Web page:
• Conibear Traps: In many areas where grouse are prevalent, you’ll also find that trappers are active. It’s a good idea to carry cordage in your game vest and know how to use it to free your dog from a conibear trap. Here’s a video showing how to free your dog from a conibear trap
  • Dog Vest: I highly recommend a protective vest whenever your dog is hunting. For grouse hunting in particular there are sticks and briars that can injure or cut your dog. A protective vest has saved my dogs from more than one trip to the vet. I currently use this Sylmar dog vest.
  • GPS Collar: Grouse hunting is typically done in very thick cover. You can lose sight of your dog in the blink of an eye. I’ve lost track of my dogs on more than one occasion. It’s a horrible feeling, but thankfully I’ve always eventually found them. You can spare yourself this risk with a GPS dog collar. If you lose sight of your dog and they are trapped or injured finding them quickly could make all the difference. Since I’ve started using a GPS dog collar, I won’t hunt my dog without one. I use the SportDOG Tek 2.0 GPS Collar.
Springer spaniel holding a ruffed grouse
Archie the Springer Spaniel with his grouse

Grouse Hunting Guns

The shotgun you presently own is likely just fine for hunting grouse. If you are an avid grouse hunter, you may want to invest in a gun more suited for that purpose. An ideal grouse gun has the following qualities:

  • It’s light, fast handling, and fits you well.
  • It’s the right gauge. 20 gauge is my preference. Avid grouse hunters will debate the virtues of the 28 gauge or even the .410, but for most the 20 gauge is perfect.
  • Open choke. Grouse shots are generally close-range. An improved cylinder or even a skeet choke is preferred.

My present go-to grouse guns are a 20 gauge Benelli Montefeltro with an improved cylinder choke, and a 20 gauge Browning Citori White Lightning with a skeet choke in the under barrel, and an improved cylinder choke in the upper barrel. I shoot 3″, 7-1/2 shot loads that duplicate the amount of shot in a 12 gauge.

A ruffed grouse and shotgun
Browning Citori White Lightning and Ruffed Grouse

Grouse Hunting Clothing

Here’s what I commonly wear while grouse hunting:

  • Brush Pants – the LL Bean Upland Pant is a favorite
  • Shooting Shirts – Boyt Harness has a nice line of upland shirts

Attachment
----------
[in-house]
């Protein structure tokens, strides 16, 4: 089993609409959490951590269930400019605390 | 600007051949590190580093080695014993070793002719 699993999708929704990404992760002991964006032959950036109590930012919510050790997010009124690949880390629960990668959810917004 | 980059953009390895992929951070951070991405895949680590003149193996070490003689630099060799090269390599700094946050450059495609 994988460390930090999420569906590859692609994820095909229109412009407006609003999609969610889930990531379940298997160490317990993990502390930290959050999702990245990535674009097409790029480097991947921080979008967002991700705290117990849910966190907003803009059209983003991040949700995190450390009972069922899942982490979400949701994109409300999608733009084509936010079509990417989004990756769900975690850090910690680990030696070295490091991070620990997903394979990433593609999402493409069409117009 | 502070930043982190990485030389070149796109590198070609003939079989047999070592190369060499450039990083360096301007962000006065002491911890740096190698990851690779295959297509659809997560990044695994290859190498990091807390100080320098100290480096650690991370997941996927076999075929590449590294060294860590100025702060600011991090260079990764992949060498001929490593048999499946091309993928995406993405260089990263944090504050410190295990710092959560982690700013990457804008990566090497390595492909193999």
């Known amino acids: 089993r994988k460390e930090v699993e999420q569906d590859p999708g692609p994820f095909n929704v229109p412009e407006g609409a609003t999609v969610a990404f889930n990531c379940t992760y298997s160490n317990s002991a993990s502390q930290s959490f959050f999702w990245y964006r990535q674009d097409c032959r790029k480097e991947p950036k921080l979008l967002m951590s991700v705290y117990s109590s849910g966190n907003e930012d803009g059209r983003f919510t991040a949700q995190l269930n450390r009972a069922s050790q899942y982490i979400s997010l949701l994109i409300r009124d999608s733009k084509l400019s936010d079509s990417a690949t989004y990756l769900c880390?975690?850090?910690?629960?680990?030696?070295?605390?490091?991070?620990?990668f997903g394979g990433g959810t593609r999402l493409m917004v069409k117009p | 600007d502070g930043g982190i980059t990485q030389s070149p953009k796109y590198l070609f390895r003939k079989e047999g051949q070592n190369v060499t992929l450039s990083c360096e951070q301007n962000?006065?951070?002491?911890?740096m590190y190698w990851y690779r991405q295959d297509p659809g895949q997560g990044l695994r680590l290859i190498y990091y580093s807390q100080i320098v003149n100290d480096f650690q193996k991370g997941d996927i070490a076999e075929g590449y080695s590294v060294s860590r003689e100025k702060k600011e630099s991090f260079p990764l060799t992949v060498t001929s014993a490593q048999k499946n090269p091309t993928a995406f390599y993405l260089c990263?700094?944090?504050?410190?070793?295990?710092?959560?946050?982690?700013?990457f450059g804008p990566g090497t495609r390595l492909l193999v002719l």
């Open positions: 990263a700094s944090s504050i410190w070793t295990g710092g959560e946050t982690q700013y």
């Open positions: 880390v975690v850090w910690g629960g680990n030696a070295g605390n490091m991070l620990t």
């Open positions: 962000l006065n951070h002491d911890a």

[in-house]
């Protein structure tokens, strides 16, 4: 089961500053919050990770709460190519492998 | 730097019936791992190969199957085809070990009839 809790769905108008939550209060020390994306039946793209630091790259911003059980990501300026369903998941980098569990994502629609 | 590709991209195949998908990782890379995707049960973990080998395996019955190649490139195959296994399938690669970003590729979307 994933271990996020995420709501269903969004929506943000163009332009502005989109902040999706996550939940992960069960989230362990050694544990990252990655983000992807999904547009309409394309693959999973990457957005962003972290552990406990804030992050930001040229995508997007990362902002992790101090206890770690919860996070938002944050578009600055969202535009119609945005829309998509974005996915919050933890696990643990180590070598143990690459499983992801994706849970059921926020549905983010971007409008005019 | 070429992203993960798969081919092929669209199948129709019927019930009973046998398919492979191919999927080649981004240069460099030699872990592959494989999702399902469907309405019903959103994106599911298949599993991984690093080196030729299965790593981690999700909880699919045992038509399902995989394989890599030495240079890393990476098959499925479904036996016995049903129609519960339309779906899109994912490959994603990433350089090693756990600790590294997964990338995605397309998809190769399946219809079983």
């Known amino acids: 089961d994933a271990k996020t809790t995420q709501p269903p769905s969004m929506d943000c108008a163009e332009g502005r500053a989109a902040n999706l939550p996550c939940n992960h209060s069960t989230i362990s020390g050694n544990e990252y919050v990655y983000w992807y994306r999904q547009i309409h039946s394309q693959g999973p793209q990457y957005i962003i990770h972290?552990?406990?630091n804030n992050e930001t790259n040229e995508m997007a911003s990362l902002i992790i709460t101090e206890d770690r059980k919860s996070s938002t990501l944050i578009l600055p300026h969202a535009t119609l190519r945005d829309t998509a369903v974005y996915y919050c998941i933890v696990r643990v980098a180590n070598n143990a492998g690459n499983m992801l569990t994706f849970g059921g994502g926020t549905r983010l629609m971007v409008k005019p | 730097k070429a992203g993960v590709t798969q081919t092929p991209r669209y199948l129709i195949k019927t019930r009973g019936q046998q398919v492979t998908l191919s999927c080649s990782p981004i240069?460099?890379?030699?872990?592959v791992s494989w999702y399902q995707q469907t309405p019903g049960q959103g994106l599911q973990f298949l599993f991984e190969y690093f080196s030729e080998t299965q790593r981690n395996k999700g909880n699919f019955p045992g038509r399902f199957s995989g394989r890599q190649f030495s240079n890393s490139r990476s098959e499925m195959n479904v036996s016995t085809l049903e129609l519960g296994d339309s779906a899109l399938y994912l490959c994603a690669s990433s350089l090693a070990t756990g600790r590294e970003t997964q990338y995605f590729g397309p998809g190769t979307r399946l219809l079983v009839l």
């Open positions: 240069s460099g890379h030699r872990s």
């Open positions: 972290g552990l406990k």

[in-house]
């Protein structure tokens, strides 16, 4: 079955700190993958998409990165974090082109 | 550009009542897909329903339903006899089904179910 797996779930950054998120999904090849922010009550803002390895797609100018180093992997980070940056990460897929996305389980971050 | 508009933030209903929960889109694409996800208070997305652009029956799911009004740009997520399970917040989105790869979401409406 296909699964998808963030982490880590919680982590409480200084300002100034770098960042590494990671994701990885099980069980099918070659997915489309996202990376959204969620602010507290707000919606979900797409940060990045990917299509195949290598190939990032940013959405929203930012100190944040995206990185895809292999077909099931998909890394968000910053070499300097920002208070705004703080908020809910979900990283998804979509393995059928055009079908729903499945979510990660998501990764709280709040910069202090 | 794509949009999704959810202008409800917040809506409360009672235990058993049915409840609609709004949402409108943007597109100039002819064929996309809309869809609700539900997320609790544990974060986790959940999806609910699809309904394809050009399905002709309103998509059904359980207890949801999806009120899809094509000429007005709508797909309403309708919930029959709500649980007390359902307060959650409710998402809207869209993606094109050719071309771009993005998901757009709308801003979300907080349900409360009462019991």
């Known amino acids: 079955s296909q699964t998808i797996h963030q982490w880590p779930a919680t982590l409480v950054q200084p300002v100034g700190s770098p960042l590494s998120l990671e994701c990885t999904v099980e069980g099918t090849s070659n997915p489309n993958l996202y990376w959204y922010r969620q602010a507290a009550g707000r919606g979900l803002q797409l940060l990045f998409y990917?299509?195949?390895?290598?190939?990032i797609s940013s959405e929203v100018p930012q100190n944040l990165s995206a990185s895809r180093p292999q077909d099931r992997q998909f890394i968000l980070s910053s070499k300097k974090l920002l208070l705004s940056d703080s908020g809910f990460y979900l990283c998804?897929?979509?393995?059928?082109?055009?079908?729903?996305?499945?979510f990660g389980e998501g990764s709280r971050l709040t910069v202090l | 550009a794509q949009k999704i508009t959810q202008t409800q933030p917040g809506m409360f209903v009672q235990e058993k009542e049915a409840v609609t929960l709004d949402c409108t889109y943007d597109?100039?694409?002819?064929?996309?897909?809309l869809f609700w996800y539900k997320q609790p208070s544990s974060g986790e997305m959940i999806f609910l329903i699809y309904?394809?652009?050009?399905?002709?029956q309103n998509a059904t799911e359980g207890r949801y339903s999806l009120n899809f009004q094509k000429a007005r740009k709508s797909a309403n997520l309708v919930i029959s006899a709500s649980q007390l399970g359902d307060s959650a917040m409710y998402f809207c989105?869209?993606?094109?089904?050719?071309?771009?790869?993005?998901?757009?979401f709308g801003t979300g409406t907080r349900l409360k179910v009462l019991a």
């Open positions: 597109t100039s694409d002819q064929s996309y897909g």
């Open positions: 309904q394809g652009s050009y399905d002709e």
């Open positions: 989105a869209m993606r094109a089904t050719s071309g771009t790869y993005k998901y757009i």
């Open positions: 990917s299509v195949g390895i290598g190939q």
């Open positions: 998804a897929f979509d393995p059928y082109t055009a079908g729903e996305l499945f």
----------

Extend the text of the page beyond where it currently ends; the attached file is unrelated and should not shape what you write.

• Socks – Smartwool        
  • Belt – Filson
  • Blaze Baseball Cap        
  • Fleece Headband – handy to keep in your pocket and slip over your ears if it gets cold
  • Upland Jacket                        
  • Boots – Irish Setter Wingshooter Model 894        
  • Game Vest – LL Bean makes a great upland vest
  • Leather Shooting Gloves – Bob Allen              
  • Shooting Glasses – always a good idea, but also helps to avoid sticks in your eyes while grouse hunting.   
  • Suspenders – Boyt Harness
  • Wicking non-cotton T-Shirt
Irish Setter model 894
The Irish Setter Wingshooter Model 894 is a classic, high-quality hunting boot. It’s ideal for grouse hunting.

Grouse Hunting Gear

Here’s a list of the basic gear that I carry while grouse hunting:

  • Bandana
  • Compass
  • Dog Whistle – SportDOG
  • Firestarter
  • Flashlight – The small Streamlight Protac is perfect for pocket carry
  • Leatherman Wave
  • Hand sanitizer – For after cleaning a grouse  
  • OnX Hunt App on my iPhone- Ideal for grouse hunting to find public land and trails to hunt. Check out our comprehensive review of the OnX Hunt App.
  • Ziplock bags for storing cleaned grouse         

This was a basic overview of grouse hunting and the gear you need to be successful. We hope this inspires you to take to the grouse woods this Fall. Better yet, invite someone along who has never hunted.

Editors Note: Consider joining the Ruffed Grouse Society. The Ruffed Grouse Society is a conservation organization dedicated to preserving our sporting traditions by creating healthy forest habitats for ruffed grouse, American woodcock, and other wildlife.

Related Content: The Ultimate Pheasant Hunting Gear List

Note: HuntTested may receive a small commission if you purchase a product from the links on this page. This does NOT increase your price and helps to pay for the content you’re enjoying. HuntTested did receive product consideration in coordination with this article. All opinions belong to HuntTested.